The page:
Relocation was found just around the corner in a tiny, smoky, dark bar which specialised in sheesha (for the uninitiated, a flavoured tobacco smoked through a large ornate pipe). We were directed upstairs into what can only be described as an attic - the ceilings were low enough to bump your back on when you were bent double, and there was junk lining the walls (my first attempt to sit down resulted in a painful union between my ass and a foosball table). It is entirely possible that the bar staff were just trying to hide our rowdy, red-cheeked selves, in an effort to attract more desirable custom. But there was a table, and beer, and a pipe, and once the hookah was flowing, the Japanese bartender fished out a projector, which projected (duh) on to the dusty wall scenes of a night sky, across which a meteorite would occasionally flash. It was surreal. Our small group of five quickly doubled when another JET arrived, bringing with him 5 male Japanese co-workers, all fresh from their end-of-year Xmas party. They were courteous and interested - not being English teachers, conversation with me did not flow as easily as it might, but they asked about my country, complimented my dress (yussss) and, with the aid of electronic dictionaries, described me as 'elegant' , which made me glad that I'd kept my tequila shooting to a bare minimum. It was a soothing, smoky atmosphere - the tobacco (a house speciality) was a mix of liquorice and peach and some other flavours I failed to identify. I attempted some Gandalf-style smoke rings which got me so dizzy that I sat on the foosball table again (elegant).

Outside, the snow was falling heavily, as it continues to do even now. It's gonna be a White Christmas, methinks.

At about midnight, the group began to disperse. Some proceeded on to Booty, but others, like me, soothed by smoke and snow and Sapporo, wended their way home through the falling white, just in time to catch the last subway. Getting home at 1 am, I immediately proceeded to cook a full feed of nachos, complete with spicy chicken and home-made guacamole, while "don't drink and fry, don't drink and fry' echoed around my head. Snug in bed with Mexican food and American television, I felt that my celebration of the end of the working year was complete, though sadly devoid of dancing. I'm glad that I cut it short when I did, however, though no doubt Booty would have supplied some hilarious anecdotes (particularly since it has a strippers pole in the middle of the dance floor). My wallet is heavier than it might otherwise have been, and I am ready for Christmas, for the arrival of friends, and for travel.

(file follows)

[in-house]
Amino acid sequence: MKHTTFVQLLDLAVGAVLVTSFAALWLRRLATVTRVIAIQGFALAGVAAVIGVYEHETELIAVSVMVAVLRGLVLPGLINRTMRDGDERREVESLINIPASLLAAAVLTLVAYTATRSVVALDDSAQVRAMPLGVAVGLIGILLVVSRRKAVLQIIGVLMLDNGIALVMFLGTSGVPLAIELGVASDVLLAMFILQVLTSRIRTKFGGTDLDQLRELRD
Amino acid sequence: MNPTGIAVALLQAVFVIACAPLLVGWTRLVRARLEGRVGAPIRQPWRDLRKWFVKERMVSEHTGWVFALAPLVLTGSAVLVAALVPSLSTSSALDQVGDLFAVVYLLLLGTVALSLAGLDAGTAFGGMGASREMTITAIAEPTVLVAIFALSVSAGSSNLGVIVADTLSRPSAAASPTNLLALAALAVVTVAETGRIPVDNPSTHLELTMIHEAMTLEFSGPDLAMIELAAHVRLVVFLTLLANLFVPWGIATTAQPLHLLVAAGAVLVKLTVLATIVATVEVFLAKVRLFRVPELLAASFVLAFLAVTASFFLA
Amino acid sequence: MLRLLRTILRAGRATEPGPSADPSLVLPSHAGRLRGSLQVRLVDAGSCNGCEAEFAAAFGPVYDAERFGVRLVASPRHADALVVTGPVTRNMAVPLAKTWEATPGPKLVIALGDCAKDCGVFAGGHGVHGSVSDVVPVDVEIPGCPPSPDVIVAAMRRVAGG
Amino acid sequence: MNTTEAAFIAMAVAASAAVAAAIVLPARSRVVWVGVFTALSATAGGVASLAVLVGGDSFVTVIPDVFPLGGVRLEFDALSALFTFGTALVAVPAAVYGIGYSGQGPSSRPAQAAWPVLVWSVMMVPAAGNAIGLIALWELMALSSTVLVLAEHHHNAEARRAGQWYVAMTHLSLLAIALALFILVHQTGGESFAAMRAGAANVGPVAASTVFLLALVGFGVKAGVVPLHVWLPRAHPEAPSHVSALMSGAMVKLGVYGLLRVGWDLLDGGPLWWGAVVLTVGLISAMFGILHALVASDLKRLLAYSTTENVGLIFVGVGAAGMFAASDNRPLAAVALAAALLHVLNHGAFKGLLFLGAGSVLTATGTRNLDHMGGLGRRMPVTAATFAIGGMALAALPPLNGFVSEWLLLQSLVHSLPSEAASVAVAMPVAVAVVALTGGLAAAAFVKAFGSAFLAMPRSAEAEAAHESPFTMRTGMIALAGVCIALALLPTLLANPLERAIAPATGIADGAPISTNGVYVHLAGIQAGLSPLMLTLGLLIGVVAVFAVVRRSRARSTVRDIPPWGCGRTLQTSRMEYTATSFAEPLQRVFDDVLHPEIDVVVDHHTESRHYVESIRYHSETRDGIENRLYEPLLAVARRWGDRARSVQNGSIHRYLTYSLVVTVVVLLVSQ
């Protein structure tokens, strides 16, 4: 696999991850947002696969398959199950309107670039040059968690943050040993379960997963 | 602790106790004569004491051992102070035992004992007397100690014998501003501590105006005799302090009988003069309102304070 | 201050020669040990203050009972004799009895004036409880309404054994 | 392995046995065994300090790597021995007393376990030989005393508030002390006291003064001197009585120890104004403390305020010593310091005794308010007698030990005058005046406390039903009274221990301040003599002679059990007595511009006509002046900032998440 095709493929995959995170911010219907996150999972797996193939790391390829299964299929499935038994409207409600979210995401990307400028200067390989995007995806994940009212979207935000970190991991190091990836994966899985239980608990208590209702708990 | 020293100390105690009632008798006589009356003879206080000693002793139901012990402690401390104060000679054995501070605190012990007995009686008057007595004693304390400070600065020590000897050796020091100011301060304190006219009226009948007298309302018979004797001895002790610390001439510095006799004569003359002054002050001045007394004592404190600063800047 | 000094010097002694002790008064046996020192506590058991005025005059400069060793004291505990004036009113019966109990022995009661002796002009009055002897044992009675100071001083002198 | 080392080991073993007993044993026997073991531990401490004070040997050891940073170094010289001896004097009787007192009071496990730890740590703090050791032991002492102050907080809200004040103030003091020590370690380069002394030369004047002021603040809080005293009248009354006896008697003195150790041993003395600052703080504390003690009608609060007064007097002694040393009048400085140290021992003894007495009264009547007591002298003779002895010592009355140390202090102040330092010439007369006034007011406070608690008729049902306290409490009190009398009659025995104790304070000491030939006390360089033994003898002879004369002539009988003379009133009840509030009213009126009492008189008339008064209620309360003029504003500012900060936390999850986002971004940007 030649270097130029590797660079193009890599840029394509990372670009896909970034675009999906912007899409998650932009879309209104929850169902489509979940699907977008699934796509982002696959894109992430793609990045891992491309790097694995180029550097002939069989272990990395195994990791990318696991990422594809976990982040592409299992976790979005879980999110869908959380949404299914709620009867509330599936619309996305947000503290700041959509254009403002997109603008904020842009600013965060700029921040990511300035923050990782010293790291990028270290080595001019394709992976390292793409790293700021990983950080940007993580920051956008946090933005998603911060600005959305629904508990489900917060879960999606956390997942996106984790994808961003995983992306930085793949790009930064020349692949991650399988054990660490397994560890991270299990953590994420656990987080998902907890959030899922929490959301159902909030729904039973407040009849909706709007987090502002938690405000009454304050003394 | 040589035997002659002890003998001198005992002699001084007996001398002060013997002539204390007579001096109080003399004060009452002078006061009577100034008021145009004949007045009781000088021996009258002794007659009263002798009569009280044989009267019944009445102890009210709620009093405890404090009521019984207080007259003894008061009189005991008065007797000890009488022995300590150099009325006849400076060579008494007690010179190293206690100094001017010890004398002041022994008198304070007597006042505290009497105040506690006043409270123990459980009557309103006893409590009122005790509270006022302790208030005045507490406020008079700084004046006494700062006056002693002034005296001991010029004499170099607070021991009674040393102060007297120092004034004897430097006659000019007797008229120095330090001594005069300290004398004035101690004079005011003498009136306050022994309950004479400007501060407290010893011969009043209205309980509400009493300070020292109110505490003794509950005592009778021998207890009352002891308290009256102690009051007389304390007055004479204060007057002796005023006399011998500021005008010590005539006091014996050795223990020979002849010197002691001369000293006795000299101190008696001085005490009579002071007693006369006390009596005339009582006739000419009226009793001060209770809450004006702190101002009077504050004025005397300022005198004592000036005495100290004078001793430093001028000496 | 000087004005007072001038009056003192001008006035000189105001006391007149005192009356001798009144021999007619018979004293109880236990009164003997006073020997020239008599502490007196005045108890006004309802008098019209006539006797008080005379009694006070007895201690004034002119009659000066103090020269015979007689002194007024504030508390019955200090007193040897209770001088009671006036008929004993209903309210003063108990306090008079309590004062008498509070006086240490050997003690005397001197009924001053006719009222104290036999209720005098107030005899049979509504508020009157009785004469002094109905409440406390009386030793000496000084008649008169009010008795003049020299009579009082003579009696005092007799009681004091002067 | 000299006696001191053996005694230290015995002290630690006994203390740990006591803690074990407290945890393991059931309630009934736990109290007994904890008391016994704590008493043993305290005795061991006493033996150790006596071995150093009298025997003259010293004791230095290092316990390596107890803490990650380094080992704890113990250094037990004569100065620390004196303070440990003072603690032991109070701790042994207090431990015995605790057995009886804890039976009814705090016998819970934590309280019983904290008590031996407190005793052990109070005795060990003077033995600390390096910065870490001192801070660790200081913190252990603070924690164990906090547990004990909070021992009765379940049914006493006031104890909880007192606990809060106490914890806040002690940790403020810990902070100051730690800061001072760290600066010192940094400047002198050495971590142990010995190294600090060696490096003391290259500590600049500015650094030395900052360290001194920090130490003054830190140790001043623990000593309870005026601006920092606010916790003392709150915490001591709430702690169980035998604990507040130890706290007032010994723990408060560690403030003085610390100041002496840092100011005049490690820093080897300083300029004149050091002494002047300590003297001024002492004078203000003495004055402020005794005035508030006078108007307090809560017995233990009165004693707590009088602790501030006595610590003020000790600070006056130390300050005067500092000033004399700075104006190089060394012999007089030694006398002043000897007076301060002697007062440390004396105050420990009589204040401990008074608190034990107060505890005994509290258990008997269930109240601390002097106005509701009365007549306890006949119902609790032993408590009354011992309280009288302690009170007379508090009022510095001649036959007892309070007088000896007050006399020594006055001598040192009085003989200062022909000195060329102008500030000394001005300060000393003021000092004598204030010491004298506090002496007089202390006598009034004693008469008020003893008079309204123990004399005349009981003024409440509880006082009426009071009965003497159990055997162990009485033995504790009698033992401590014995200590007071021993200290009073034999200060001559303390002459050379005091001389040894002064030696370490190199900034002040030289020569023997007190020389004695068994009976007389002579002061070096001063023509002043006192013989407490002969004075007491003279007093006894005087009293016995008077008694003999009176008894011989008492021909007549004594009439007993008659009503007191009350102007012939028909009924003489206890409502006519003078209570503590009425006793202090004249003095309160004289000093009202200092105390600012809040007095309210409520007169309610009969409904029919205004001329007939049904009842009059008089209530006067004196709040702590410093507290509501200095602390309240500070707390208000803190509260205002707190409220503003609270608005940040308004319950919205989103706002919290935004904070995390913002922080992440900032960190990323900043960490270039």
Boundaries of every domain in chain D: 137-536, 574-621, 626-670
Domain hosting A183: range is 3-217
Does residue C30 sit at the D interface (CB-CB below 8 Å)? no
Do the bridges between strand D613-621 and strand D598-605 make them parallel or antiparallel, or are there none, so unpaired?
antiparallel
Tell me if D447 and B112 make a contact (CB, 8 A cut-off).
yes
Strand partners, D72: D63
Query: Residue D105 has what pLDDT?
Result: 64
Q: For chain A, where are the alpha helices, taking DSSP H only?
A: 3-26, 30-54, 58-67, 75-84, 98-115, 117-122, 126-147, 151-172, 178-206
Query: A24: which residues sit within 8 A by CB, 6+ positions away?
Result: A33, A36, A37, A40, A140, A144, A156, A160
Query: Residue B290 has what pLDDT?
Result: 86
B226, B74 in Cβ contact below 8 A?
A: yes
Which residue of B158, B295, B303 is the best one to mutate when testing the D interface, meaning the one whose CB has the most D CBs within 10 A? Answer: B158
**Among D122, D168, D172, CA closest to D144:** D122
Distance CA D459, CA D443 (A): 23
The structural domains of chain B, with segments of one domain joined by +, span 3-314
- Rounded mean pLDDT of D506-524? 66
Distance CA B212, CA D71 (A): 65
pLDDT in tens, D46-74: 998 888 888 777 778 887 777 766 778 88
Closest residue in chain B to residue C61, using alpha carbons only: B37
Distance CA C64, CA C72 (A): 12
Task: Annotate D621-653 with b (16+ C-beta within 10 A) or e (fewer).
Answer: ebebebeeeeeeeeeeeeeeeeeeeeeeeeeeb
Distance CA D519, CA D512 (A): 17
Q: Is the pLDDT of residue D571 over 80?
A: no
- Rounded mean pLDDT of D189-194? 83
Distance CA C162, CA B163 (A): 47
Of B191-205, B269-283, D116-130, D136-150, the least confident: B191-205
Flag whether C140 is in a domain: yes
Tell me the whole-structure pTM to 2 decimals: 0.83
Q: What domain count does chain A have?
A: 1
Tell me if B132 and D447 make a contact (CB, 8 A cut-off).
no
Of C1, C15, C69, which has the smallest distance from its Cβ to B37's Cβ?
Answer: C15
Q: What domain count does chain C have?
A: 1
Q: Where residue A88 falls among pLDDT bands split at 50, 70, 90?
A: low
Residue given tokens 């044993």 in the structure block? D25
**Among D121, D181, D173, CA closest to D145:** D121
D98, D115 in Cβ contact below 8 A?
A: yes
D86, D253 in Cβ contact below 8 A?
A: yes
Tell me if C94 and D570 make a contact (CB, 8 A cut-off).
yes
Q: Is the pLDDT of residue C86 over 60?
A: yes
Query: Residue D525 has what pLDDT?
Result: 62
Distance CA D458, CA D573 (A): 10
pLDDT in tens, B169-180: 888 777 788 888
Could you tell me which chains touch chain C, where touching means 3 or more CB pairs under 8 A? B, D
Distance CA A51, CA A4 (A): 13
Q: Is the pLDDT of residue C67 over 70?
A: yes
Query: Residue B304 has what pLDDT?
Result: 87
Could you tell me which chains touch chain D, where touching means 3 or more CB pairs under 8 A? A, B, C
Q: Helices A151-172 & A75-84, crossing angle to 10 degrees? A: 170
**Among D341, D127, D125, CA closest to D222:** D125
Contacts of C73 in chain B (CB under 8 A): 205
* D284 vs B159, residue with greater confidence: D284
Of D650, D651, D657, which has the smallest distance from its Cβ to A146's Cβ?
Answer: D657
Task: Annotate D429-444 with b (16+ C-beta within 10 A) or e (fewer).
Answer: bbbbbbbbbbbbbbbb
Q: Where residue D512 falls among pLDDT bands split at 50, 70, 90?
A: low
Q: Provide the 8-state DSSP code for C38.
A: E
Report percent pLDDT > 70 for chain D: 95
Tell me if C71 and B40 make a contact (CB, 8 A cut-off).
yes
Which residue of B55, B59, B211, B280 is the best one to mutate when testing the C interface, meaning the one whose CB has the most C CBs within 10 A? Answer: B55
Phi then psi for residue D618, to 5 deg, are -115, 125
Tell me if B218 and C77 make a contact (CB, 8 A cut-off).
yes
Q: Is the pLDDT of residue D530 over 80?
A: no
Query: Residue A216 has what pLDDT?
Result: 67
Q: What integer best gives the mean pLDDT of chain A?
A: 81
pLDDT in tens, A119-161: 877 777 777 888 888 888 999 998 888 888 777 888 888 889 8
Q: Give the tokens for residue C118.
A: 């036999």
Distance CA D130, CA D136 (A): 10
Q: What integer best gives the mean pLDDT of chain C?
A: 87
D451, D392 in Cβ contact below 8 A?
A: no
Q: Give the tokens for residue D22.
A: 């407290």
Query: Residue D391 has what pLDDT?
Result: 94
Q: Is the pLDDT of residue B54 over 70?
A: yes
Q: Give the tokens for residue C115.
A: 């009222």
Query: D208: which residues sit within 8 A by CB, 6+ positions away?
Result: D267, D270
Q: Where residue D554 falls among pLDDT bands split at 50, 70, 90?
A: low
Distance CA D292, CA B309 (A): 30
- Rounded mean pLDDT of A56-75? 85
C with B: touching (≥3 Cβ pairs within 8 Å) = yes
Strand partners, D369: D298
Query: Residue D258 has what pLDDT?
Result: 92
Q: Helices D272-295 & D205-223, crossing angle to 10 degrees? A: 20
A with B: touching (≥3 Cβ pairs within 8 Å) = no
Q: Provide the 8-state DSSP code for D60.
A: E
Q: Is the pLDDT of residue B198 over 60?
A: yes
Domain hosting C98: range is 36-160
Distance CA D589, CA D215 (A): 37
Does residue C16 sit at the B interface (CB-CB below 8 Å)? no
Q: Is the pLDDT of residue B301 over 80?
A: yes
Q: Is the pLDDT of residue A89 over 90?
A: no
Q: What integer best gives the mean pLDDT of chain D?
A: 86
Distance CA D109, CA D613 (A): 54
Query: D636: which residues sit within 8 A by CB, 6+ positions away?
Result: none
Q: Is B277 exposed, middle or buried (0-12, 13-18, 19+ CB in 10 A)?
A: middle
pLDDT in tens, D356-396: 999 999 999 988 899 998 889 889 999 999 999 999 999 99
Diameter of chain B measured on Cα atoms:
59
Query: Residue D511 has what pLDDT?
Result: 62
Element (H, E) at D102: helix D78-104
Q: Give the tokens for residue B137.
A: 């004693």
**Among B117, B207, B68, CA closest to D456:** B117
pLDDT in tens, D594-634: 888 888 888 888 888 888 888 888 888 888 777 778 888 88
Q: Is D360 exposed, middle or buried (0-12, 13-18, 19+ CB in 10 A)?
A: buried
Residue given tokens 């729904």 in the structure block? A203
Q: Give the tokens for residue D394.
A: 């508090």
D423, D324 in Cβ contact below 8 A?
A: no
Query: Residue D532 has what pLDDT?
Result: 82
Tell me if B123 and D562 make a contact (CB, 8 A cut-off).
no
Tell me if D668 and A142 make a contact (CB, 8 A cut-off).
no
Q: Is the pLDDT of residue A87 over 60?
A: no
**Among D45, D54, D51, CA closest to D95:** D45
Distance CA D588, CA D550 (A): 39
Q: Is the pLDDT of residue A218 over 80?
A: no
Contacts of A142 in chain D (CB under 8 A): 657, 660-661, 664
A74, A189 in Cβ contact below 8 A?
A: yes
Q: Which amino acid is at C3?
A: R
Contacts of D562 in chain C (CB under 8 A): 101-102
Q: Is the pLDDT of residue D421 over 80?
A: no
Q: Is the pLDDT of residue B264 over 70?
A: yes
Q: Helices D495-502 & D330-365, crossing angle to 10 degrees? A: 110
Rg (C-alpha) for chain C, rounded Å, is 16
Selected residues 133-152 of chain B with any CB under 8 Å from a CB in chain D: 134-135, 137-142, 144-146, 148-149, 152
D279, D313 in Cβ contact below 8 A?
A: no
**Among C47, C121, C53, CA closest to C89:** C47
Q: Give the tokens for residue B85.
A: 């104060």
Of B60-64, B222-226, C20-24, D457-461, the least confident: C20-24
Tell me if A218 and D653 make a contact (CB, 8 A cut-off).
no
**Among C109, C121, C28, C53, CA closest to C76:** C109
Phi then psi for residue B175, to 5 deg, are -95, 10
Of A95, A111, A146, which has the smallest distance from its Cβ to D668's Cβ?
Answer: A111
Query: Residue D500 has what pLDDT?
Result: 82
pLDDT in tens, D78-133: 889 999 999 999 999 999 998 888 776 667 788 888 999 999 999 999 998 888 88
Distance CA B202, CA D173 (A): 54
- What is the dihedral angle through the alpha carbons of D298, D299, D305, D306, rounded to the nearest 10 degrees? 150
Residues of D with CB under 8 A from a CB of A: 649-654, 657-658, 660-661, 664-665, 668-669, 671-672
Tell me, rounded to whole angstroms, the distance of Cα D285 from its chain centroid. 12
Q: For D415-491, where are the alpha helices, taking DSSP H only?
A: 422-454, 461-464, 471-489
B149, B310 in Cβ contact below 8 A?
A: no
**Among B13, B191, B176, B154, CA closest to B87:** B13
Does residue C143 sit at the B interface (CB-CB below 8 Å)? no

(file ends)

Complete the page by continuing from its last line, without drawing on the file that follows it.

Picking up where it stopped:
Come on Liz, Abby, Aravin. The harajuku girls - and Olga - are waiting for us.

Tuesday, December 21, 2010

Christmas Approaches

And my holiday has offically begun! OK, so far it is off to a slow start, since although my school has closed, my paid leave doesn't kick in until the 24th, so I am back at the BOE, back on the computer, eating Goldfish crackers and drinking green tea. Still, I am not at my desk, pretending to work whilst actually playing Bejeweled Blitz, and so things are clearly on the up.

This positivity is tiring. It doesn't come naturally. So just to tempter it with some more chacteristic moaning, I have GIANT blisters on my left heel from my beautiful, but ever so slightly too small, new boots. This causes me grief not only because I am forced to hobble like a drunken sailor, which has all kinds of ramifications on the icy roads of Sapporo, but also because I am one of those people who must wear anything new IMMEDIATELY. Four out of five purchases I wear out of the store, forcing the long-suffering sales assistant to wrestle the tag from the nape of my neck (or the crack of my butt, if they're really unlucky) and provide me with a carry-bag for whatever sweaty discard I need to bear away. Thus, it is causing me inordinate amounts of grief that I cannae wear my leonine lovelies. I think of them, squatting sadly (can shoes squat? More to the point, can they feel emotion? Feck it, go with it) in my cold landing, all soft and un-scuffed, wondering what they did to be so swiftly replaced with my old boots (boots which cost $400 and are beautiful, so I'm hardly suffering from bootlessness, which is lucky, because it's a terrible disease). Bemoan the plight of the demoted boot.